"Still, this does not mean that the French and German economies are aligned. Germany had a current account surplus of 8.7 per cent last year, which the commission expects to remain over 8 per cent for the next two years. France has a current account deficit of 2.3 per cent, forecast to rise to 2.7 per cent by 2018. The trajectory of German public sector debt to GDP is towards 60 per cent by the end of the decade. French debt is just under 100 per cent, with no visible tendency to decline. These numbers tell the story of what needs to happen: France has to consolidate while Germany needs to expand."


The rebuilding of the mutual trust seems to be heading a good way though, since Mr Macron's visit in Berlin seemed to have stricken an accord with both Chancellor Merkel and finance minister Wolfgang Schäuble. Any specific action will be postponed after the German Bundestag election this Autumn.



Finally, Mr Macron has also praised the plan of the reallocation of the existing 73 British seats in the European Parliament after the United Kingdom leaves the European Union, which consists of replacing the seats with a pan-European constituency list in the 2019 election.


But what is perhaps even more crucial than all written above is that Mr Macron does not shy away from leadership. His way of handling Donald Trump during the Nato summit in Brussels was previously unseen by any other national leader - Macron stood his ground, he was not afraid to speak in direct terms on global security, free trade or climate change and even won the infamous "handshake battle", at least in the eyes of the public. He also staged a lone walk-up to the Nato leaders at the summit, saluting Angela Merkel and snubbing Trump by firstly greeting several other heads of state.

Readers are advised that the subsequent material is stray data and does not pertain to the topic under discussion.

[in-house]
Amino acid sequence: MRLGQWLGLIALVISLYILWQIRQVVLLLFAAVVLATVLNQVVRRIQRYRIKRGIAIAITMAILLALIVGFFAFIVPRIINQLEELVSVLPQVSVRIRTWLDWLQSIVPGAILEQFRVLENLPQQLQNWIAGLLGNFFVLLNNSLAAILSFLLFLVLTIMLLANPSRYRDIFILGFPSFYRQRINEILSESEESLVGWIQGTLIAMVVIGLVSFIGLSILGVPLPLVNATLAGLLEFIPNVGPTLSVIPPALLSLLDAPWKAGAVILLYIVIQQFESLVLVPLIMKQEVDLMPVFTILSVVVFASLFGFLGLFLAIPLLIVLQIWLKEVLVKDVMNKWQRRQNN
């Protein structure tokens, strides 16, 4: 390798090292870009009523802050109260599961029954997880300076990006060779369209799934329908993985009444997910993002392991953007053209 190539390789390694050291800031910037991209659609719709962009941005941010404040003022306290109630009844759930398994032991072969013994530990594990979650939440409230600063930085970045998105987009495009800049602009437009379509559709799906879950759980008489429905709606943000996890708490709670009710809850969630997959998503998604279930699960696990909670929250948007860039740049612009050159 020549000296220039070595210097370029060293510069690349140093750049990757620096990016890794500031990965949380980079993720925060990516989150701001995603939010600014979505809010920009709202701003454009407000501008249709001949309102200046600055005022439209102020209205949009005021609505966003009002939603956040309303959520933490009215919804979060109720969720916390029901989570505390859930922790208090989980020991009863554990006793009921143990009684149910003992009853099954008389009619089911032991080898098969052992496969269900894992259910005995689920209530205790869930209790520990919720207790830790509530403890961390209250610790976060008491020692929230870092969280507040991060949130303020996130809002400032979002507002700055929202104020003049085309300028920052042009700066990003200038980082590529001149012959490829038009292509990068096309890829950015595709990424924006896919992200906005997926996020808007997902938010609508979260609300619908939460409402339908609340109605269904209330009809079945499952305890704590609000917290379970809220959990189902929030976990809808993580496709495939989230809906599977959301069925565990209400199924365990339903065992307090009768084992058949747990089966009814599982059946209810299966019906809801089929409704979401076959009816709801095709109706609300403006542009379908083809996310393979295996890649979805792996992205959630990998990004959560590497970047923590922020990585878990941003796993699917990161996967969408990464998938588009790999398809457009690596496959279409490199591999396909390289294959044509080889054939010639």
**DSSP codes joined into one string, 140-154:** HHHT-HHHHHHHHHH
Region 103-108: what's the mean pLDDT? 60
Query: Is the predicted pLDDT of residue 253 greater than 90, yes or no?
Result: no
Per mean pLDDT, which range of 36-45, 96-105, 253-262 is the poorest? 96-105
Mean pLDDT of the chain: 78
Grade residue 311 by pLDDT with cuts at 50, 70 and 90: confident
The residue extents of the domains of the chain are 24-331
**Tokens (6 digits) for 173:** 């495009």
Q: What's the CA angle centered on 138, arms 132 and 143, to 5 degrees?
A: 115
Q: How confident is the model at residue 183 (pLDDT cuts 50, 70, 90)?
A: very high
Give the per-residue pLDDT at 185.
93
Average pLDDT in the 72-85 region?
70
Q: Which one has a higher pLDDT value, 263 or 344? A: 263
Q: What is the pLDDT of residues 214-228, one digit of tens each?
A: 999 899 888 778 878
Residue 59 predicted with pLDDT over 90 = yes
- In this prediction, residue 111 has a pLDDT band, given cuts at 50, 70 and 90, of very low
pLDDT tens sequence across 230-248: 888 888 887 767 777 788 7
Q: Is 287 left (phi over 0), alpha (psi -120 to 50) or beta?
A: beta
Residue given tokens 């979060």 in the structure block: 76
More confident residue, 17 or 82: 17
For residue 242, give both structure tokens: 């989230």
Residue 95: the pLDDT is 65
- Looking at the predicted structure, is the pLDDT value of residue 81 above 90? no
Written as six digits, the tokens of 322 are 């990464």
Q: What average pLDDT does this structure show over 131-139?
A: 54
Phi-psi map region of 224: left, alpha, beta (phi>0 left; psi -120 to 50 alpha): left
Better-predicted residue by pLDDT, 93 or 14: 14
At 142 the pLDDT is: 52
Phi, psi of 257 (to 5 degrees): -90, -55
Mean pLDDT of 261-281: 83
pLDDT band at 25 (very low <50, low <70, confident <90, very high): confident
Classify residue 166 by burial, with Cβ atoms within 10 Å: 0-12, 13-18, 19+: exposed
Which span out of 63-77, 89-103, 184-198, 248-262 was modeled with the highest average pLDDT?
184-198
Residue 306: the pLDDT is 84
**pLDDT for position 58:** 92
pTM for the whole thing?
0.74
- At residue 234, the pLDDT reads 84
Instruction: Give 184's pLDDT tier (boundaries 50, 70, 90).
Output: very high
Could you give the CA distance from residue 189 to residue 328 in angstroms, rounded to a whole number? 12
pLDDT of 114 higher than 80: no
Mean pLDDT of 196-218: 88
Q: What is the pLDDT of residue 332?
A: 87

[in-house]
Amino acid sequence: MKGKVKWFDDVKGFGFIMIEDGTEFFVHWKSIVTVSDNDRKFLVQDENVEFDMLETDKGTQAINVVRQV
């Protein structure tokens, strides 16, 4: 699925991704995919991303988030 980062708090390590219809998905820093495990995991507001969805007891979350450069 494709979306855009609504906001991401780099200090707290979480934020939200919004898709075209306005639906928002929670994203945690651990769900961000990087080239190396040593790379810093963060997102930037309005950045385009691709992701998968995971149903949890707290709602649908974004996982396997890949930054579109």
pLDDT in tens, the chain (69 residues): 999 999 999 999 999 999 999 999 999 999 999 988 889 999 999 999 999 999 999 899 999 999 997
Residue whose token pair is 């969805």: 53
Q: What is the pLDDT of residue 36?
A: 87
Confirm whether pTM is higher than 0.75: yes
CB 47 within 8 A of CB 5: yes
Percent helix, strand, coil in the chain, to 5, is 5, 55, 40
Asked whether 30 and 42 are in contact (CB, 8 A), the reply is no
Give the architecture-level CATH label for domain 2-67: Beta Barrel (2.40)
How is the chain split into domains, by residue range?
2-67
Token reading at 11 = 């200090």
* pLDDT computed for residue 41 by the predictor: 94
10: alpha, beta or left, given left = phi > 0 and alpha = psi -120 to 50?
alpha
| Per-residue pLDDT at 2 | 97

(It is also worth mentioning that Macron's remarks on the handshake to French newspaper are the only direct interaction the French president had with the press since his election. He seems to be keeping a very restraint attitude of few words, prefer to be clouded in the mystery of his strength and composure, only resorting to brief statements and avoiding off-topic questions - an attitude that might change after the Assembly elections in France).


His boldness and willingness to lead and to fill up the space the US seems to be leaving in international affairs was also showcased just a few days ago, when he hosted Russian president Vladimir Putin in Paris. While showing that he is open to compromise and to improve the strained relationship with Russia, he was strong and principled in his demands and positions. What's more, as a first Western politician he openly criticized Putin for the atrocities done on homosexuals in Chechnya during a joint press conference. Mr Macron also directly attacked the Russian hacking involvement in trying to sway the elections in Western countries in the last months, with France being no exception (Macron's campaign emails were stolen and published just before the second round).